Inside killer farmer Tony Martin's abandoned home with ANIMAL BONES on ceiling where he shot burglar 20 years ago

An urban explorer claims he filmed inside the dilapidated farmhouse in Norfolk, which has been left empty since the murder in 1999.

Haunting footage shows YouTuber Abandoned World Explorer UK as he makes his way around the eerie home formerly owned by Martin, who lives in secret accommodation now.

Ivy can be seen creeping up the crumbling brick buildings of secluded Bleak House – with the windows shrouded in steel shutters masking the grisly secrets within.

As the explorers continue upstairs, they are confronted by a harrowing pile of animal bones hanging from a piece of string from the bathroom ceiling.

It isn't clear how the bones made their way into the run-down property or who strung them up.

The creepy footage also shows cars left to rot in a damp-ridden garage and wallpaper peeling from the mouldy hallway.

Rusty farm vehicles have long been abandoned in the sea of long grass on the plot in Emneth Hungate, where bachelor Martin had spent 20 years living in isolation.

The explorer said: “We spotted the house whilst on holiday and decided to explore it without realising whose house it was.

“The bones around the place made the house seem like it was something out of Texas Chainsaw Massacre.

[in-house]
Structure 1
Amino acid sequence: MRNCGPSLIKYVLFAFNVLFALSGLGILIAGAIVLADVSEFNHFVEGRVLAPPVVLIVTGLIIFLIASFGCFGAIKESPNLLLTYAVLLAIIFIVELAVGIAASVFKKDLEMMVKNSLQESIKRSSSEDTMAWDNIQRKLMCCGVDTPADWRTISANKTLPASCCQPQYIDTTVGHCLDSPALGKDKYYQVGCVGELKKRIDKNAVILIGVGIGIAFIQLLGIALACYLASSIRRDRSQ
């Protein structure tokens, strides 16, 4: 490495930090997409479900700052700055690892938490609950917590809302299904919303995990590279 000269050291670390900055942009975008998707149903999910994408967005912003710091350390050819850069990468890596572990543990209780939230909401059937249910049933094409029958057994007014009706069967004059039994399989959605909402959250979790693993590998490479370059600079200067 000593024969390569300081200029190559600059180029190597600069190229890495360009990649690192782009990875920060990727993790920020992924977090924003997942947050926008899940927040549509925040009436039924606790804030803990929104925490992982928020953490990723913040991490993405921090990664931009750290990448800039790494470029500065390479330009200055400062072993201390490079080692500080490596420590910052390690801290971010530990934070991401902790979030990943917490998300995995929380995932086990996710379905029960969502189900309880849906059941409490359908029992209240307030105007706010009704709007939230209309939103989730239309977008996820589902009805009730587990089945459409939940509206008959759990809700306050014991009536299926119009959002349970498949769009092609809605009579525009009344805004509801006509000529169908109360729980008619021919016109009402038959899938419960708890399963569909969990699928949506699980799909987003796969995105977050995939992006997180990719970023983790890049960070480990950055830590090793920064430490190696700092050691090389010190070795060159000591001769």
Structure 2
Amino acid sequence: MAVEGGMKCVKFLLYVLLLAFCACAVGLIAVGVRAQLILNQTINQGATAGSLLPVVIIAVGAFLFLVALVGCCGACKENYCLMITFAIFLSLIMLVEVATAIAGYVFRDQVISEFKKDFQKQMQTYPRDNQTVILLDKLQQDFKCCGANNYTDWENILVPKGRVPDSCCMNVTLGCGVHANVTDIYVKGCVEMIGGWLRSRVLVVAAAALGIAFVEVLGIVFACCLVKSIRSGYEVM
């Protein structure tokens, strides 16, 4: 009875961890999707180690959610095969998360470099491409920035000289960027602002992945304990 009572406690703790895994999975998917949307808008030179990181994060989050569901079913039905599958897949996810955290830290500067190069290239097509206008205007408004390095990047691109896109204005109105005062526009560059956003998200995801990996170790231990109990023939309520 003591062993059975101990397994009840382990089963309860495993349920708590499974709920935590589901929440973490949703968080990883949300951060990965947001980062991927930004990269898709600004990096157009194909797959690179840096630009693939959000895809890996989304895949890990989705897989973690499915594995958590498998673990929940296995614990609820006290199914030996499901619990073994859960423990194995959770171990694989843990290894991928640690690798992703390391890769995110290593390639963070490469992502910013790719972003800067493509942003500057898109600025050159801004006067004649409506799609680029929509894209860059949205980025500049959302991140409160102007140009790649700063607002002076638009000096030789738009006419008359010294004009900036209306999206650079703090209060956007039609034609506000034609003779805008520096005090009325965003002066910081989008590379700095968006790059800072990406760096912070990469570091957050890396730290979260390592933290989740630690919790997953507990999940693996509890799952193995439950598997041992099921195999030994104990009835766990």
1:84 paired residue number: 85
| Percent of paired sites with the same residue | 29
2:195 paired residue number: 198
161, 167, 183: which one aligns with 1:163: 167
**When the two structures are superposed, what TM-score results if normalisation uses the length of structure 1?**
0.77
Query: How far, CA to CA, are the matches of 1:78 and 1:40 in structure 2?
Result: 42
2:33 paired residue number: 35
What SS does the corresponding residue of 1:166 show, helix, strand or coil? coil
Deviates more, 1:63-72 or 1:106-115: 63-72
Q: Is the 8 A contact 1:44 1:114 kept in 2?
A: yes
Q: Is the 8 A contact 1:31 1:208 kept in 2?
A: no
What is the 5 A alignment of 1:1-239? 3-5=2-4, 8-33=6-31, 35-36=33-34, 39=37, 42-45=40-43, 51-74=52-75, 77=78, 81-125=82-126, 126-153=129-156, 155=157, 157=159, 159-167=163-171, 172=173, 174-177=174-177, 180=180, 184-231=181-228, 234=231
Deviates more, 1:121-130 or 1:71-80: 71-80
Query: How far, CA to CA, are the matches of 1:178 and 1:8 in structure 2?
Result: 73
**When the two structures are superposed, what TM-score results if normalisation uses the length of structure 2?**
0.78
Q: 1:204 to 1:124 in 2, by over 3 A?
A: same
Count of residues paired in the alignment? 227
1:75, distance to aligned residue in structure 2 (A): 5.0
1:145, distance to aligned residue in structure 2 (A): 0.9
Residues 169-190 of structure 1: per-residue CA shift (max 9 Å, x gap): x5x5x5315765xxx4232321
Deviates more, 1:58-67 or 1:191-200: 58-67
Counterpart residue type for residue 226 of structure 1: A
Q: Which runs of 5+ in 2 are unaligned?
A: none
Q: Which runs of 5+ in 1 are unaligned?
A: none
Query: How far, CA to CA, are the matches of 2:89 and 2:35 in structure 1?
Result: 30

“They were hung up like decorations and looking like a spider web.

“I don’t think I will be going back, I felt so intimidated and scared whist we were there."

On August 20, 1999, Martin shot dead 16-year-old burglar Fred Barras with an illegal pump action shotgun and injured Brendon Fearon.

At the time of the killing, Martin had complained about police inaction over at least ten burglaries — in which he lost £6,000 worth of furniture.

Armed with a baseball bat and chisel, Barras and Fearon, 29, had got in through a window and were blasted three times.

Both fled through the window, with Barras dying in the grounds.

The subsequent court case divided the nation over whether the oddball loner used excessive force to defend himself – or if he was simply protecting his home.

At his trial, the jury found him guilty of murder by a 10 to 2 majority, finding there was intent to kill, and he was sentenced to life imprisonment.

This was later reduced after an appeal in October 2001 and Martin was finally released in 2003 after three years – the maximum period for which he could be held following good behaviour.

Now in his 70s, Martin has never expressed remorse about his actions and returned to the scene of the crime on groundbreaking Channel 4 drama, The Interrogation Of Tony Martin.

He says he could live there now “if I wanted to (but) I don’t want to get locked up.”

Expanding on that, he says: “Well, it’s simple. If I’m in the house and somebody comes in the house I’m going to look after myself.

“If you think I’m going to stand there and ask them what they’re doing . . . I’m not that stupid.

“When you start to run, you’ll be forever running, so you have to stand your ground.

“I’d been very fearful for a long time in that house and all of a sudden the fear went and I took my life back . . . for a while, for a few hours.”

Source: Read Full Article